NATO chief sees ‘some signs’ China may support Russia’s war

NATO chief sees ‘some signs’ China may support Russia’s war

Warsaw, Poland –

NATO’s chief said on Wednesday that the military alliance has seen “some signs” that China may be planning to support Russia in its war in Ukraine, and he strongly urged Beijing to refrain from what would be a violation of international law.

NATO Secretary General Jens Stoltenberg also told The Associated Press in an interview that the alliance, while not a party to the war, will support Ukraine “as long as it takes.”

Asked if NATO has any indication that China might be ready to provide arms or other support to Russia’s war effort, Stoltenberg said:

“We’ve seen some signs that they might be planning for that and of course NATO allies, the United States, have warned about that because this is something that must not happen. China should not support Russia’s illegal war.”

Stoltenberg said that potential Chinese assistance would mean that “[direct] support for a clear violation of international law, and of course [as] a member of the UN Security Council, China should not in any way support violations of the UN Charter or international law.”

Putin hosts Chinese visitors

On Wednesday, Russian President Vladimir Putin hosted the Chinese Communist Party’s top foreign policy official, Wang Yi, raising concerns in the West that Beijing may be ready to offer Moscow stronger support in the nearly year-old war.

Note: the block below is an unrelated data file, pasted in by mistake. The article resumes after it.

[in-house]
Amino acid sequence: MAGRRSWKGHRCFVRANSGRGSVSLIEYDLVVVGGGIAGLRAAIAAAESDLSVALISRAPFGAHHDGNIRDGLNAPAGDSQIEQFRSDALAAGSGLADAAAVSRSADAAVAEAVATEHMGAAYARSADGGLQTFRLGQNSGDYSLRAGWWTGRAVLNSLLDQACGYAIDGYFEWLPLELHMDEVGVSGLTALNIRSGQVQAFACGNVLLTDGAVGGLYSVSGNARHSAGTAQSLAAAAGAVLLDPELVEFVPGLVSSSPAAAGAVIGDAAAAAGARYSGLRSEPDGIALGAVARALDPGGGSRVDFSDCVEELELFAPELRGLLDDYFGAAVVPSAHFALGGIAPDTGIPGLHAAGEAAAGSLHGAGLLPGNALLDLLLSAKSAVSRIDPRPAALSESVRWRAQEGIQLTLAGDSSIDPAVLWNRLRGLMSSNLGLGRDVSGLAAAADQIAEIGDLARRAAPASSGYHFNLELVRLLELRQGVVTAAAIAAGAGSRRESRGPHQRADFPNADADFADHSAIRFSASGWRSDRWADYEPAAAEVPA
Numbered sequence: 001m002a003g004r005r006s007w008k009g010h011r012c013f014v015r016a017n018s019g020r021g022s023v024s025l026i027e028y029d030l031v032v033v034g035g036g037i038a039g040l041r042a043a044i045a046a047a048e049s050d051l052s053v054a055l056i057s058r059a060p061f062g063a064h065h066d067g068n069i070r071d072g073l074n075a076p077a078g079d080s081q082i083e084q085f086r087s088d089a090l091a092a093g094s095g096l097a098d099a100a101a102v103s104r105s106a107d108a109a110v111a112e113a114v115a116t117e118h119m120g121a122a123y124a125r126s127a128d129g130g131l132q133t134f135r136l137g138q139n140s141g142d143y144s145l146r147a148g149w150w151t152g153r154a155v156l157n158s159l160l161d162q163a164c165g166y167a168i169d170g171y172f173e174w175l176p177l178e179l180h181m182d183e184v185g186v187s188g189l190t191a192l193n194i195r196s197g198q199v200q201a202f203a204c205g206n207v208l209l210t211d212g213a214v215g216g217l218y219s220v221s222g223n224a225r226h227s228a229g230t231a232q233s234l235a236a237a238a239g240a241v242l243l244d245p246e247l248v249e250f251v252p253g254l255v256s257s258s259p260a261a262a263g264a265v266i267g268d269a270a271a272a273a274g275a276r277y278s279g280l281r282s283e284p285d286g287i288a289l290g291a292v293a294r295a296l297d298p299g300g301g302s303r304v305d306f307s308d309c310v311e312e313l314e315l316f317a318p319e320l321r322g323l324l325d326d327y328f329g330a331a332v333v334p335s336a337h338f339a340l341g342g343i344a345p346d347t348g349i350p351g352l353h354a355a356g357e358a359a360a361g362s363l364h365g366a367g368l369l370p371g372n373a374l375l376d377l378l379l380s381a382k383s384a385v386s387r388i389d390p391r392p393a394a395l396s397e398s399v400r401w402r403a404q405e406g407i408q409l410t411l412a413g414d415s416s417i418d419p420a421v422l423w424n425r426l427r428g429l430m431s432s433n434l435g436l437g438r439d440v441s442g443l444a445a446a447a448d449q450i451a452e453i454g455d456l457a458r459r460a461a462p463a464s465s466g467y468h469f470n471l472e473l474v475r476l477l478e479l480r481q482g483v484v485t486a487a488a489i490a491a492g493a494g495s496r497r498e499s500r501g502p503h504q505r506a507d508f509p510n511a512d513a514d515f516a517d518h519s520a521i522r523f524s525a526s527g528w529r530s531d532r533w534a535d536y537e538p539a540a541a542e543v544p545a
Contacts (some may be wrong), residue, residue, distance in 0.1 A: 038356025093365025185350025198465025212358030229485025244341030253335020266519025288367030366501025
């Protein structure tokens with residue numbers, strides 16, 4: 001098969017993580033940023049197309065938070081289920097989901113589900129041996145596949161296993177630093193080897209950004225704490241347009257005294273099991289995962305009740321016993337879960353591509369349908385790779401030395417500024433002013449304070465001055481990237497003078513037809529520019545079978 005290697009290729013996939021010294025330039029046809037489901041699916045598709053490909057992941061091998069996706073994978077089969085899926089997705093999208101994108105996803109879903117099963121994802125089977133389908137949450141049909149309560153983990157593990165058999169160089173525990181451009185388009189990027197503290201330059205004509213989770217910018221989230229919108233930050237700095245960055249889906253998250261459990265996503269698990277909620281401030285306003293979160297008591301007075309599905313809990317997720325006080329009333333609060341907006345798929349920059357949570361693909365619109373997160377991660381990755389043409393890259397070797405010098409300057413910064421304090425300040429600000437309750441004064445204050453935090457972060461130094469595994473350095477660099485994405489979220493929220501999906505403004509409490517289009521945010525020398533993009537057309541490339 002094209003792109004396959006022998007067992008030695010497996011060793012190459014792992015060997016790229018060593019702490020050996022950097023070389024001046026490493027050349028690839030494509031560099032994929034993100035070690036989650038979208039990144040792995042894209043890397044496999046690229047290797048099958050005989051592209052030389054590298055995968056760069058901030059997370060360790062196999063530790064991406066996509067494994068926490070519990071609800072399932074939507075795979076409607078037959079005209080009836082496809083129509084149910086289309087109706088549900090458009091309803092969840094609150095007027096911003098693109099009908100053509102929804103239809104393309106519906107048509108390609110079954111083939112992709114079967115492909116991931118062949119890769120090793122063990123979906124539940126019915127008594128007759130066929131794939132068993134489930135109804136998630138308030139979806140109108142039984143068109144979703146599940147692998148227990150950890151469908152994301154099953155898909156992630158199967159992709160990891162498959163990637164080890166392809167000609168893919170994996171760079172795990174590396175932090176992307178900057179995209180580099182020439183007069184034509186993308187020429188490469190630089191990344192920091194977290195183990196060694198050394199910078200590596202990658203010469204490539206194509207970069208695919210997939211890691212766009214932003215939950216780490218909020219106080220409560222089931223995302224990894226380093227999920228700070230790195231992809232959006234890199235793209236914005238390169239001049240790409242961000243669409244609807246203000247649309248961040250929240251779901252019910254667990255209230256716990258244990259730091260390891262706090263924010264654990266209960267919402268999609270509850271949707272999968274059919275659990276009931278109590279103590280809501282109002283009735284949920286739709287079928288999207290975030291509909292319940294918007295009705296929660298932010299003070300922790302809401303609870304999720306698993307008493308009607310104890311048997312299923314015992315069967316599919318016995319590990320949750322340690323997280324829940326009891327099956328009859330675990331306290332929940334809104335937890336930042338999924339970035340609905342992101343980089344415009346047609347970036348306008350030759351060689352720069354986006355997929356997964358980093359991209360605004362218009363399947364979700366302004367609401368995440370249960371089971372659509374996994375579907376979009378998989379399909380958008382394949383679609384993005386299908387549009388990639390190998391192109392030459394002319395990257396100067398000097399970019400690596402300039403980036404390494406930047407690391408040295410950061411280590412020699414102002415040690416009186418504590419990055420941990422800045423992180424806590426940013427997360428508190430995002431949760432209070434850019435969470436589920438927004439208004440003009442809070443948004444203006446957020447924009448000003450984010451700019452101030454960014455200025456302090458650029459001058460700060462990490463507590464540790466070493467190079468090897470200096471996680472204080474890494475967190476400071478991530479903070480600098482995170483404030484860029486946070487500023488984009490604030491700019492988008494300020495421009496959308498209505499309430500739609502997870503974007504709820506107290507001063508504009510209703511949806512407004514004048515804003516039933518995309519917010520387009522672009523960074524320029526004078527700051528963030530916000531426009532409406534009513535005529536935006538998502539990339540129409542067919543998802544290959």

China has pointedly refused to criticize the invasion of Ukraine while repeating Moscow’s claim that the US and NATO were guilty of provoking the Kremlin. China, Russia and South Africa are holding naval exercises in the Indian Ocean this week.

US Secretary of State Antony Blinken has said any Chinese involvement in the Kremlin’s war effort would be a “serious problem”. China-US ties are under severe strain over Taiwan and other issues.

Stoltenberg spoke to The Associated Press in Warsaw, following a meeting between NATO’s nine eastern flank members with US President Joe Biden on the region’s security.

He stressed that while NATO is “not a party” to the Ukraine conflict, its tasks are to “ensure that Ukraine wins” and to “prevent this war from escalating beyond Ukraine and becoming a full-fledged war between Russia and NATO.”

He said the main message from the meeting in Warsaw was that “we will support Ukraine as long as it takes”.

It would be a “tragedy for the Ukrainians if President Putin wins in Ukraine,” Stoltenberg said, and also “dangerous for all of us” because it would “send the message to all authoritarian leaders that when they use military force, they get what they want.”

The Russian attack on Ukraine has prompted Sweden and neighboring Finland to abandon decades of non-alignment and apply to join the 30-nation alliance. But their bids, especially Sweden’s, are being delayed by Turkey, which wants the two countries to crack down on mostly Kurdish groups Ankara considers terrorists.

Stoltenberg told AP that after talks with Turkish President Recep Tayyip Erdogan last week, he could see that Turkey “is getting closer to being ready to ratify and [to] welcome Finland into the alliance. But [Ankara continues] to have some challenges with Sweden.”

He said he welcomed the fact that he and Erdogan agreed to a meeting soon “with experts and officials in Brussels” from the three countries involved “to examine how we can make progress also on the ratification of Sweden as a full NATO -ally.”


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